Back to Creating Art at the Speed of Life - the next lesson is on the facing page, starting with the same acrylic glaze and then dividing the page up into random boxes using the water soluble graphite pencils. All the words were provided in a list which included what they mean. I have to admit, I'd never heard of Achromatic and had to double check the meaning of several others. These should all be second nature to me but they are not. Doodling was encouraged; in fact, there were to be more boxes than words so that there would be empty ones to doodle in. I fell back on my Zentangling for ideas, making this the favorite part of the exercise. Then the instructions said to use the water soluble colored pencils to color in next to the outline of the boxes, matching colors to words if possible. The picture above shows the completed page prior to water activation.
Learning more about these pencils, again being reminded that it is not as easy as it sounds once the wet brush comes out. The pigment really moved over the acrylic, sometimes disappearing altogether - I'm guessing up into the brush. So I took more to patting with the wet brush, then maybe moving it back and forth a little more in certain areas. I suppose some of the disappearing act may have been due to the lightness with which I applied some of the colors. Some areas blended nicely, others show a sharper edge to where the color stops. One thing for sure, as soon as they were dry, there was no more blending to be had.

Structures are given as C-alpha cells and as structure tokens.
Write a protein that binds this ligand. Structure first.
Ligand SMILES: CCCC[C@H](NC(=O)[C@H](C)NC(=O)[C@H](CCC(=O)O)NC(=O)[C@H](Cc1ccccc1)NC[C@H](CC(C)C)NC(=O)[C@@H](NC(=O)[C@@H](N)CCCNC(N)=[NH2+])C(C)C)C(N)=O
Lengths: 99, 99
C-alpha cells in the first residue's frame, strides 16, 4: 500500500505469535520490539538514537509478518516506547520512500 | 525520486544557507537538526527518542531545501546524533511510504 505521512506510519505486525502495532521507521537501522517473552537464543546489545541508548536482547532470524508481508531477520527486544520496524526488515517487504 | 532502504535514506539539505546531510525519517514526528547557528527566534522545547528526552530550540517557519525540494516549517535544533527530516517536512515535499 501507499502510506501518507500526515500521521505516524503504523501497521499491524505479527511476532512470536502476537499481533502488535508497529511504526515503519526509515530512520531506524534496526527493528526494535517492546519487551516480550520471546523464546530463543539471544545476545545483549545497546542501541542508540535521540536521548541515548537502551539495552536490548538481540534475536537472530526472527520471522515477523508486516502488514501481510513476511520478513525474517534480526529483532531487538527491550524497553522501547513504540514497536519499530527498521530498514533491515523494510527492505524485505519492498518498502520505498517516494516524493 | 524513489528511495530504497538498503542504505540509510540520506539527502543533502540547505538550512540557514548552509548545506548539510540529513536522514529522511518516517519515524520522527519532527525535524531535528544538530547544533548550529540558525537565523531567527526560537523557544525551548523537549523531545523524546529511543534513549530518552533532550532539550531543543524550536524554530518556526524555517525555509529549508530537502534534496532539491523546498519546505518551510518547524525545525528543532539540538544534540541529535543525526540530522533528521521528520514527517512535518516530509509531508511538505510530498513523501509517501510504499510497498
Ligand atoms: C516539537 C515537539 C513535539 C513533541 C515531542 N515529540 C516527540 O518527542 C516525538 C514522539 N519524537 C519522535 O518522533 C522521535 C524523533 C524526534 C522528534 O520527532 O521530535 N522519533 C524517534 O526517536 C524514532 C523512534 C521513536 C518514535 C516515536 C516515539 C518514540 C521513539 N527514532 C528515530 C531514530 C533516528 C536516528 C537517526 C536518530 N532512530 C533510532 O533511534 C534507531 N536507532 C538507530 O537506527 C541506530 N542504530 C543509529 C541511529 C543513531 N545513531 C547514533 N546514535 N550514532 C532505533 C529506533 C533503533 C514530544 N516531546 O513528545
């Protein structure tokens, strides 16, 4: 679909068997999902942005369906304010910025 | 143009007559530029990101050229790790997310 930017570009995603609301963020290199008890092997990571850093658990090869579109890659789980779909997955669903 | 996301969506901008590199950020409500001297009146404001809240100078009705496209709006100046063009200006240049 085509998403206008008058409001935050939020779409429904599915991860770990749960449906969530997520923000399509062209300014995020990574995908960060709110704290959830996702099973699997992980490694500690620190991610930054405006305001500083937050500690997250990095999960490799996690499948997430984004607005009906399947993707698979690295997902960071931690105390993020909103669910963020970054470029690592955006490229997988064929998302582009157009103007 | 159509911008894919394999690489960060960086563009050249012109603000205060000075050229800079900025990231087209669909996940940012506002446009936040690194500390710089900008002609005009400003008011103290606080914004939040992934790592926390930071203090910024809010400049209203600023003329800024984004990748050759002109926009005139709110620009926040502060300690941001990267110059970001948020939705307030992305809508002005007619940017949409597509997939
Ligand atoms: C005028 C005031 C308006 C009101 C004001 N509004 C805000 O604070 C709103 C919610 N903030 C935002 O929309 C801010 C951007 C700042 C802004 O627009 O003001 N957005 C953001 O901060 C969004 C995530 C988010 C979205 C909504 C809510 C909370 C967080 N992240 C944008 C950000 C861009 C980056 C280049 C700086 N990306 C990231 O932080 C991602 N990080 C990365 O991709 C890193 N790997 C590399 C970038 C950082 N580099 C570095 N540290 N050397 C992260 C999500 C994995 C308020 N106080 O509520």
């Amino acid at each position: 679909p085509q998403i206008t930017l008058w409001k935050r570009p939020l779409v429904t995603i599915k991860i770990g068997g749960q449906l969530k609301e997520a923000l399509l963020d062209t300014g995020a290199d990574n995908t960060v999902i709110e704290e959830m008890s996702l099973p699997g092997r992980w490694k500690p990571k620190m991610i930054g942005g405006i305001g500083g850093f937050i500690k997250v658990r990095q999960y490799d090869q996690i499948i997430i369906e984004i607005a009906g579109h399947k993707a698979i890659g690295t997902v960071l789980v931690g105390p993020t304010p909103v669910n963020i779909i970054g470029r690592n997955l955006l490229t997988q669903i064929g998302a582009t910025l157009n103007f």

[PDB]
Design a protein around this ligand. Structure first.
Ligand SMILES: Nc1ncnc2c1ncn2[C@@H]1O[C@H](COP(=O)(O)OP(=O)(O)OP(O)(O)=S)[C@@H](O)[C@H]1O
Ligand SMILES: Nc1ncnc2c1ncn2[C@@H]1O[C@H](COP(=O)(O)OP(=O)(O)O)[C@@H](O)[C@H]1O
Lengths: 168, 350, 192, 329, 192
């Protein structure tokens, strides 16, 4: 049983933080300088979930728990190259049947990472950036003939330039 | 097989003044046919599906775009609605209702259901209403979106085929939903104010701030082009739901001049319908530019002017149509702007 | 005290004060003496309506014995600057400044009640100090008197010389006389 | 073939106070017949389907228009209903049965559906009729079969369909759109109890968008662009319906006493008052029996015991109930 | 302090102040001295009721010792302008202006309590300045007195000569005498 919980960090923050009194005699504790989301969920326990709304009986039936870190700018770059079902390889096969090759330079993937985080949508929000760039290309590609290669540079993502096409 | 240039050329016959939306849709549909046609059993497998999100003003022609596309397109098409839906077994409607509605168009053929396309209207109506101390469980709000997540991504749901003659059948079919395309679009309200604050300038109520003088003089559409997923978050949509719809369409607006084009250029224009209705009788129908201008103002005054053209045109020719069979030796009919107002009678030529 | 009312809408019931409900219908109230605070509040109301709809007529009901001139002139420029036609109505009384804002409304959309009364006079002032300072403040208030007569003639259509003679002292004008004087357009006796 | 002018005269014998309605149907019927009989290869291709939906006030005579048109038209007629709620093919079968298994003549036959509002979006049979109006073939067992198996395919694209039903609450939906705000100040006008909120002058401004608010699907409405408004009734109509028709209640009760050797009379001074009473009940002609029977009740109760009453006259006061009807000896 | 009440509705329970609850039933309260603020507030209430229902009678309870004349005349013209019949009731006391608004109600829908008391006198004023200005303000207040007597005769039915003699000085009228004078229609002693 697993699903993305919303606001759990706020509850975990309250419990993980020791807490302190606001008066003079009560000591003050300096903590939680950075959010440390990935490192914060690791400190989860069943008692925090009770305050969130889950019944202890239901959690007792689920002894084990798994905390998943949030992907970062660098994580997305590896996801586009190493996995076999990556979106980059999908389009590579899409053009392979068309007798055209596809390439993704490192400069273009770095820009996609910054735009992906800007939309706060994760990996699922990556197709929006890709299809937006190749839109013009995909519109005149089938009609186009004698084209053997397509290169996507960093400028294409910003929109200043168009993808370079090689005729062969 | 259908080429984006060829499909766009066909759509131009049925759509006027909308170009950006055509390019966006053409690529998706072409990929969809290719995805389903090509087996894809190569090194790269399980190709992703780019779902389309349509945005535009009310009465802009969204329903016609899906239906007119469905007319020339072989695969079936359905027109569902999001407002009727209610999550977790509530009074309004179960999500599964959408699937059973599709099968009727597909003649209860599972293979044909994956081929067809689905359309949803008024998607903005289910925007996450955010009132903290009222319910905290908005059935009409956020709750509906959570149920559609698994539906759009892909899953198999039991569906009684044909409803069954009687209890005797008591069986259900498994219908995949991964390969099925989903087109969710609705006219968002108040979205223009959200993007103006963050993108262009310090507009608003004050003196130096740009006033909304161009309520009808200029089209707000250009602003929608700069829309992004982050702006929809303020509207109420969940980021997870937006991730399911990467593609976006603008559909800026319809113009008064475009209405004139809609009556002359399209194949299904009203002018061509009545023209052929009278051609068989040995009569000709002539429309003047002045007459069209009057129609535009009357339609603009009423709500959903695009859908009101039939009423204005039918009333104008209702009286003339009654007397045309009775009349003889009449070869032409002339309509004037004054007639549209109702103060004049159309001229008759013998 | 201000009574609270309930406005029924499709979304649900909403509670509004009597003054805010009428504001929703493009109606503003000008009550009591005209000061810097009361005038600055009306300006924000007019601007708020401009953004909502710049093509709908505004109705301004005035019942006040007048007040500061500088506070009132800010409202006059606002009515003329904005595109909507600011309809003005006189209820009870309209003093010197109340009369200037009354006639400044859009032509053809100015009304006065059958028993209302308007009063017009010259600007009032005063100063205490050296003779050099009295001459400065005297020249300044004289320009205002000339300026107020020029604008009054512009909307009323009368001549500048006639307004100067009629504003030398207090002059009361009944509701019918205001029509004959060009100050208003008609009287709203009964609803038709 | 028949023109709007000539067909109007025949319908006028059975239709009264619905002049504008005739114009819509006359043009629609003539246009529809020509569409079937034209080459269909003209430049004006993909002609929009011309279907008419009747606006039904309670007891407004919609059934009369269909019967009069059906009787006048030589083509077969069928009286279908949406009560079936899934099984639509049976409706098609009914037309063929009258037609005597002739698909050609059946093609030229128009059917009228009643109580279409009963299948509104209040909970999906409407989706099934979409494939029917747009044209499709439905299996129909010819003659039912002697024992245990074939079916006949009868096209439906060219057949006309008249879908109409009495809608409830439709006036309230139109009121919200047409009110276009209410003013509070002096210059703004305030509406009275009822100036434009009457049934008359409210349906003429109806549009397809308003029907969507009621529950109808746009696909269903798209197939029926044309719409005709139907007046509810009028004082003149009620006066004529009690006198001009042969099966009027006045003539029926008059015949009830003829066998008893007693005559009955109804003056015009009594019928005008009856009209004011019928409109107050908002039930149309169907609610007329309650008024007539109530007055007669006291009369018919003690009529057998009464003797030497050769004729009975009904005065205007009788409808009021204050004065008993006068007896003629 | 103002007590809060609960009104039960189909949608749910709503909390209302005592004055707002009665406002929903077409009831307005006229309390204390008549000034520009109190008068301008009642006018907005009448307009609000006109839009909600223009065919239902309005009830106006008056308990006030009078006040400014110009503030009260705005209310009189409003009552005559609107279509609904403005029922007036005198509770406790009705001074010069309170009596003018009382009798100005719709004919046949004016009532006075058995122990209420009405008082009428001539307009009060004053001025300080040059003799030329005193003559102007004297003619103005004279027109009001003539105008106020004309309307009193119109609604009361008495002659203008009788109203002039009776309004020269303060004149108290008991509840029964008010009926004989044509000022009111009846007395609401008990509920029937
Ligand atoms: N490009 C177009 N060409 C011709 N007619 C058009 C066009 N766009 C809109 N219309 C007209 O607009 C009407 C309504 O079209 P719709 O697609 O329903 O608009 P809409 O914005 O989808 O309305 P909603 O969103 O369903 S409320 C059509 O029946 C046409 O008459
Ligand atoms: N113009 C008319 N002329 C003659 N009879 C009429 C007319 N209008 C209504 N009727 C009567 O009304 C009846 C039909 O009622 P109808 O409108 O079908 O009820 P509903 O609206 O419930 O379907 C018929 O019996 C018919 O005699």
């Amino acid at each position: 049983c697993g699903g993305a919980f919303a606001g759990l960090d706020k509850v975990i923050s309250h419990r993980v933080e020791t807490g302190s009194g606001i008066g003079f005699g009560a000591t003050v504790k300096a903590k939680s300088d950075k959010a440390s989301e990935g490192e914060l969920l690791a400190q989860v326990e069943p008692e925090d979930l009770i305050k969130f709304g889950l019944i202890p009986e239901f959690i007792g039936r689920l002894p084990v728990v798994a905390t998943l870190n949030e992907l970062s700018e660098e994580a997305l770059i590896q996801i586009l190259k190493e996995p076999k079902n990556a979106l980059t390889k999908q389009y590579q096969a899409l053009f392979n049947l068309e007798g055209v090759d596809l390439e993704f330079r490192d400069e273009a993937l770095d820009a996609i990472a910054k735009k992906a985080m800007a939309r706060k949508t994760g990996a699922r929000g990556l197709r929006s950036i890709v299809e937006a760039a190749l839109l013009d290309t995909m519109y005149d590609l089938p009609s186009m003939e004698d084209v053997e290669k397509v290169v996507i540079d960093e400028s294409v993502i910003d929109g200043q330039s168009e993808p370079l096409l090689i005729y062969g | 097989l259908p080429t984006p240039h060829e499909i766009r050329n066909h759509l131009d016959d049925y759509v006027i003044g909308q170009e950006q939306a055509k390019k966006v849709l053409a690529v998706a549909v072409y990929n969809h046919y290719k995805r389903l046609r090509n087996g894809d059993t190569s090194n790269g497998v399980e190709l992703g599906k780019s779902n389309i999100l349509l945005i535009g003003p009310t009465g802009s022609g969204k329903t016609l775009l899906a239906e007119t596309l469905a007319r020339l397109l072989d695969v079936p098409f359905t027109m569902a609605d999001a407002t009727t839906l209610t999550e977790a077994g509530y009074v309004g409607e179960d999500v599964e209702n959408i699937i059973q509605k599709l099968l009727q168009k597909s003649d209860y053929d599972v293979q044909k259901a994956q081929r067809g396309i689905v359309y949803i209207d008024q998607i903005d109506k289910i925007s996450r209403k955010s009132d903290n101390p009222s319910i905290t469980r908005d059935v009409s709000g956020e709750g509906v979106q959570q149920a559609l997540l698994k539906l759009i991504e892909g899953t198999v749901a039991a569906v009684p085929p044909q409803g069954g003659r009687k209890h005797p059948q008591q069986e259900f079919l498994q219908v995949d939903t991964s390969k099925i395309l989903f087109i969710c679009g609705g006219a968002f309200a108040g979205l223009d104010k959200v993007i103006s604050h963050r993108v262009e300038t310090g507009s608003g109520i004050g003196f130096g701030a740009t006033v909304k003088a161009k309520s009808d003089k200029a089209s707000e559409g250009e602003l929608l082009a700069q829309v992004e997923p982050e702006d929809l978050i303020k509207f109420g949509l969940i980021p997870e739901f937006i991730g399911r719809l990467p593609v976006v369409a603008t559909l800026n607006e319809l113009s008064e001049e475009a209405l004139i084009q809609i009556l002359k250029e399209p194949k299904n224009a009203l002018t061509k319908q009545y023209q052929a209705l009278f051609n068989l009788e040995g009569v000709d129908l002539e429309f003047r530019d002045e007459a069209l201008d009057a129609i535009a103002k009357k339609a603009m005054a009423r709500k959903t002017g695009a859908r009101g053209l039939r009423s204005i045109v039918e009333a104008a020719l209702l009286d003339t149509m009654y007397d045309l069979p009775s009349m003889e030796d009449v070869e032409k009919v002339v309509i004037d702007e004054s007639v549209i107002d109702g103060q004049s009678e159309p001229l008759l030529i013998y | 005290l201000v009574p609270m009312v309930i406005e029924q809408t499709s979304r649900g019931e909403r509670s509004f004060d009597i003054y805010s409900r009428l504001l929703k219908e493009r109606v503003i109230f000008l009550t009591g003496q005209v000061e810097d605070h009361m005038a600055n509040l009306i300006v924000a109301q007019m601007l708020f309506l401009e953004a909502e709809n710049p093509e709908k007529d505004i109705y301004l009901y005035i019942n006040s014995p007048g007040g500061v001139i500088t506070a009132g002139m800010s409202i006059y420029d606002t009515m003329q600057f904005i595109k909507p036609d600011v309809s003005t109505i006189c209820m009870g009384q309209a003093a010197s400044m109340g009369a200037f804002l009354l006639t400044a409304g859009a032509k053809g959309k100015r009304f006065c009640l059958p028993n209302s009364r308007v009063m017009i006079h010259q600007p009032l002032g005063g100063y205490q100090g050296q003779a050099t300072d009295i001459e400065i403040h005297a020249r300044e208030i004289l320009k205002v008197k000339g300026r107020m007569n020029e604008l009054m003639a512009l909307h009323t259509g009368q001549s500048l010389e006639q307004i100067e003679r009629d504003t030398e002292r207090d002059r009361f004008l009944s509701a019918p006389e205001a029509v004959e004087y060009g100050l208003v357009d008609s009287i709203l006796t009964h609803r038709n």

I thought I was done only to go to the next page of instructions and see that the white gel pen needed to be found. The suggestion was to add highlights of the white, visually taking it back to the original page color, and adding interest. I was surprised at how much difference this made with just the first few dots of white I added, so I added more until they were in all parts of the page.
The other thing that got through my brain by doing is that these pencils are transparent colors and just as affected by the color of the page underneath as the watercolor paints on the coffee filter were. The color over those spirals around the word "warm" started out yellow, but once the pigment was activated, the blue underneath makes them look green.
The next spread in the Positively Creative journal started with the sponging of the blue glaze left from preparing the other journal's word page. The yellow was added by flipping the commercial stencil that had been used on the color wheel page, the paint left on it after the pouncing being transferred to the awaiting page. It was still pretty light, the original text on the page not very covered up, so I sponged on some violet mixed with white. I think it looks better in person than I could get it to read in a photo and I'm looking forward to journaling over it.